For any audiologist thinking about itemizing their statements—known in many circles as “unbundling”—some stories from the past might provide encouragement.
Today, itemization may seem unusual to patients and dangerous to profits, but in past years these actions were common, expected by patients, desirable and profitable. It further demonstrated that we, as independent clinical providers, were legitimate.
For the most part, these reimbursement battles were abandoned shortly after the late 1970s when most clinical practices found that it was easier to model billing for hearing aid sales after a traditional sales model, which had been in place since the beginning of retail hearing aid sales. Itemization for audiologic procedures then disappeared in many clinical offices.
When impedance testing was first introduced into the U.S. in the middle to late 1960s, many argued that there was little clinical information to be learned from measuring acoustic impedance at the tympanic membrane. After all, determining stapes fixation, which encouraged surgery to repair, was pretty easy to infer when there was a conductive hearing loss in the absence of a perforation or middle ear fluid.
A couple of years later, after a number of peer-reviewed publications, those initial but rushed opinions resulted in a battle to get third-party acceptance. Having purchased equipment, with hopes of offering more information to both the patient and the referral source, the struggle for reimbursement was a slow process. No matter how much justification was sent with the “unlisted otolaryngology procedure” billing code, many third parties continued to disallow payment.
The value of the procedure, to the insurance payer, was only in dollars. The value to the patient, the physician, and the potential treatment was documentable, precise information. The research and clinical data was sufficient to eventually gain procedure codes and payment dollars. But, it was not easy, nor was it quick. The best battle plan involved arguing the data-driven value of the tests.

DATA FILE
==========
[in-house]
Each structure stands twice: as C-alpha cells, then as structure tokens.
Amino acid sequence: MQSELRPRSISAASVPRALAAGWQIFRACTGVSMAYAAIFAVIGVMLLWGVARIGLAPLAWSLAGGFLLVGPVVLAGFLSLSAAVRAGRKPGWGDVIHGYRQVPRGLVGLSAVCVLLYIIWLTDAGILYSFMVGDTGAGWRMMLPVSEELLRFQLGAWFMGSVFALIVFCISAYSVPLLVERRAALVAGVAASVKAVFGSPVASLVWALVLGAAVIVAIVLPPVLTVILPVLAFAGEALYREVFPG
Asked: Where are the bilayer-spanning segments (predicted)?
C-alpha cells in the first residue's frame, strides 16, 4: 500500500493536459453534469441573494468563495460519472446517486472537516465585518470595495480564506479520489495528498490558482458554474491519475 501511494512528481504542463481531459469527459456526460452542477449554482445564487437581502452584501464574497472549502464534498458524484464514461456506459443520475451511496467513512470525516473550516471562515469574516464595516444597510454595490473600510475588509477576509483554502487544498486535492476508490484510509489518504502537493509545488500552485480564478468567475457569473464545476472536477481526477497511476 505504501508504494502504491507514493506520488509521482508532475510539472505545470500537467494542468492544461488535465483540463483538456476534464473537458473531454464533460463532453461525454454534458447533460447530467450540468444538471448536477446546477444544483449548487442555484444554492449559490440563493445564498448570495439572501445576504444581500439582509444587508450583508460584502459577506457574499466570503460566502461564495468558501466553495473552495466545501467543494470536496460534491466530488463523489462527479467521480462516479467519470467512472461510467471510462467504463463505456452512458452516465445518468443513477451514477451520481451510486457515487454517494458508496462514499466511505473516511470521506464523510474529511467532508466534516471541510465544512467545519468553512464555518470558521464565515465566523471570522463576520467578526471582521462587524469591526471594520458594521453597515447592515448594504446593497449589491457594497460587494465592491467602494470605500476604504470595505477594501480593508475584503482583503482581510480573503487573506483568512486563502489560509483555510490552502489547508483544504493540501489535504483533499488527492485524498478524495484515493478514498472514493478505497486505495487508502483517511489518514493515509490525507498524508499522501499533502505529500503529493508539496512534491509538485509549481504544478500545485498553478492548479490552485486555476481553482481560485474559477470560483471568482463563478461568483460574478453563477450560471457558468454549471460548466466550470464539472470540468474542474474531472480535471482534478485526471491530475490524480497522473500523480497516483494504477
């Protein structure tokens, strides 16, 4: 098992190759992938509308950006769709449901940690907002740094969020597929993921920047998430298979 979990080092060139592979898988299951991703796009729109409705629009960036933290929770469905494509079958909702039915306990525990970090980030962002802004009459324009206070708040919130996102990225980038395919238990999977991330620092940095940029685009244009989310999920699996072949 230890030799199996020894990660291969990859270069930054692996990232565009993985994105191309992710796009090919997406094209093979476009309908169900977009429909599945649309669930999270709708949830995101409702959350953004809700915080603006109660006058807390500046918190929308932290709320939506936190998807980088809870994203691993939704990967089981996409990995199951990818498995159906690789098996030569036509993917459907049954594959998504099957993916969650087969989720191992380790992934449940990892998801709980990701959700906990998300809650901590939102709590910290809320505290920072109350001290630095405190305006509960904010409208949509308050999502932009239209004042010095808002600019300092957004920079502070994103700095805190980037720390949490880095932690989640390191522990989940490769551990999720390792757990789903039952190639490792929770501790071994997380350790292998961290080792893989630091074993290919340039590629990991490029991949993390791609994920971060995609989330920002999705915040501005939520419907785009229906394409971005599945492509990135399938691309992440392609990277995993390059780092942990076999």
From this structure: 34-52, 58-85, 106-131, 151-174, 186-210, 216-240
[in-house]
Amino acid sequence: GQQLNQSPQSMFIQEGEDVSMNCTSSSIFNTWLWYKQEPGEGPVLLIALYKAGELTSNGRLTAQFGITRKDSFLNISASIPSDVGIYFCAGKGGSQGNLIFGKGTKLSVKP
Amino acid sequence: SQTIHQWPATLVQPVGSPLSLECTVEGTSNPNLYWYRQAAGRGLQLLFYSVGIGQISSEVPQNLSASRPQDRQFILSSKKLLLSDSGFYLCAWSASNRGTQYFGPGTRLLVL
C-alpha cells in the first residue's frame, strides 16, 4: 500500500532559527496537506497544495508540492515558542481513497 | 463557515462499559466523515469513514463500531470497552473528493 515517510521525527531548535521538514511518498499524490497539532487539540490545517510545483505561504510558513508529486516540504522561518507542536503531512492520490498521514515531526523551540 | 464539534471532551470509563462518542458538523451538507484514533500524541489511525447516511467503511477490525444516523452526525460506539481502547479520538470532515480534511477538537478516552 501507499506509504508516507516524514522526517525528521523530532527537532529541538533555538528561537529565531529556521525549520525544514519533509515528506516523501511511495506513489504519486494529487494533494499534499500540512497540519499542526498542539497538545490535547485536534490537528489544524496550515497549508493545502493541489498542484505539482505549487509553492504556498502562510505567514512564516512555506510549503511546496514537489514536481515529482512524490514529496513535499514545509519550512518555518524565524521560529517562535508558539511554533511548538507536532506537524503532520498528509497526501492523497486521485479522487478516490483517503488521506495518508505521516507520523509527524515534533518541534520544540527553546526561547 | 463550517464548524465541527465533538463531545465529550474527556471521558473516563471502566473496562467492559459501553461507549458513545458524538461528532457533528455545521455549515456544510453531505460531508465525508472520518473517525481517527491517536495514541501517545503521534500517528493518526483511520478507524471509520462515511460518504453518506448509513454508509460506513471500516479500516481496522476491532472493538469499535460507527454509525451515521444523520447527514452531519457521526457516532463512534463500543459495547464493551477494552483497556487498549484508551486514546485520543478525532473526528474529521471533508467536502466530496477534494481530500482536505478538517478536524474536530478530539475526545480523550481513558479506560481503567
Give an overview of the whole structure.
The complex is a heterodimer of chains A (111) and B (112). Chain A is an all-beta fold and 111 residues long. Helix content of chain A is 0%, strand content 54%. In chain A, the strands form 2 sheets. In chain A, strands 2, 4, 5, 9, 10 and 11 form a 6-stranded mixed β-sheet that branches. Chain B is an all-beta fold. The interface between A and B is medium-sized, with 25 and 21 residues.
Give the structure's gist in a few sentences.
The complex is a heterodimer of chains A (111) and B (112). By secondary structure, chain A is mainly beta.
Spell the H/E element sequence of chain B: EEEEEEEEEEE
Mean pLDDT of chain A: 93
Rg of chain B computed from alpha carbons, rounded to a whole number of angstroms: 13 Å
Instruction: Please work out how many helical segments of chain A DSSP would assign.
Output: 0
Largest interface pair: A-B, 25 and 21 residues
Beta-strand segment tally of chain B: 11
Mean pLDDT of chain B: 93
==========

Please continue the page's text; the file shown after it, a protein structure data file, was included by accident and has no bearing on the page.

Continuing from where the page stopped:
Similar trials and tests of persistence occurred with all of the averaged electrical potential procedures. And, buying or building an averaging apparatus required a lot more up-front investment than an acoustic impedance device. Knowledge, skill, and persistence paid off in the long run.
Similar reimbursement resistance has plagued most new procedures in many fields. Proof of value to third parties is usually a long time coming.
For clinicians just getting started in private practice, there may be temptation when the bank account stays positive for a few months to begin shopping for a car. Not just any car, but something “cool”. Has anyone ever calculated how much revenue can be generated in a clinical practice by adding an automobile? You don’t have to be an accountant to foot that column. By contrast, how much better off is the clinician who invests in tools of the trade—tools like averaging computers, a modern sound field, probe microphones, or an emissions device—and proceeds with investigations and data which prove of value to patients of the practice?
What does this have to do with Audiology today? Well, if you have been following the field with any interest, you will note that investigative tests of hearing ability are insufficient to adequately define the nature, extent, and impact of hearing loss. Without better information, treatment that doesn’t involve surgery or a cochlear implant is not very predictable and sometimes not sufficient for many patients.
Some clinicians complain that investigative testing is not adequately profitable, and that the sale of devices is the sole manner in which audiologists can sustain the field. Even ENT offices argue to support this view.
Some of these folks have little equipment but do drive nice cars. They claim there is insufficient data supporting the use of best practice tests.
I recall the same comments about many clinical procedures just prior to the arrival of their proof of value. Many of those measures have worked out pretty well reimbursement-wise.
If we stop moving forward and cease to develop, prove, and use our tools, our field will morph into something it was not intended to be. We wish for widely recognized clinical relevance but without forward movement in both investigative tests as well as with data driven treatments, we will enjoy less than limited clinical relevance.
With a little thought, the advent of all the coming changes in retail audiology may prove to be opportunities and not impediments. For example, PSAPs may offer a tool for change in predicting benefits of amplification. Easy access to simple devices may increase the need for defining tests of predictive outcomes or methods to help if these devices fail to “fix things”. Patient dissatisfaction with simple devices may inspire more peer-reviewed proof of higher technology.
As someone’s grandfather probably said: “When one door closes, another opens.” Maybe we can learn from the past.
feature image from Russpod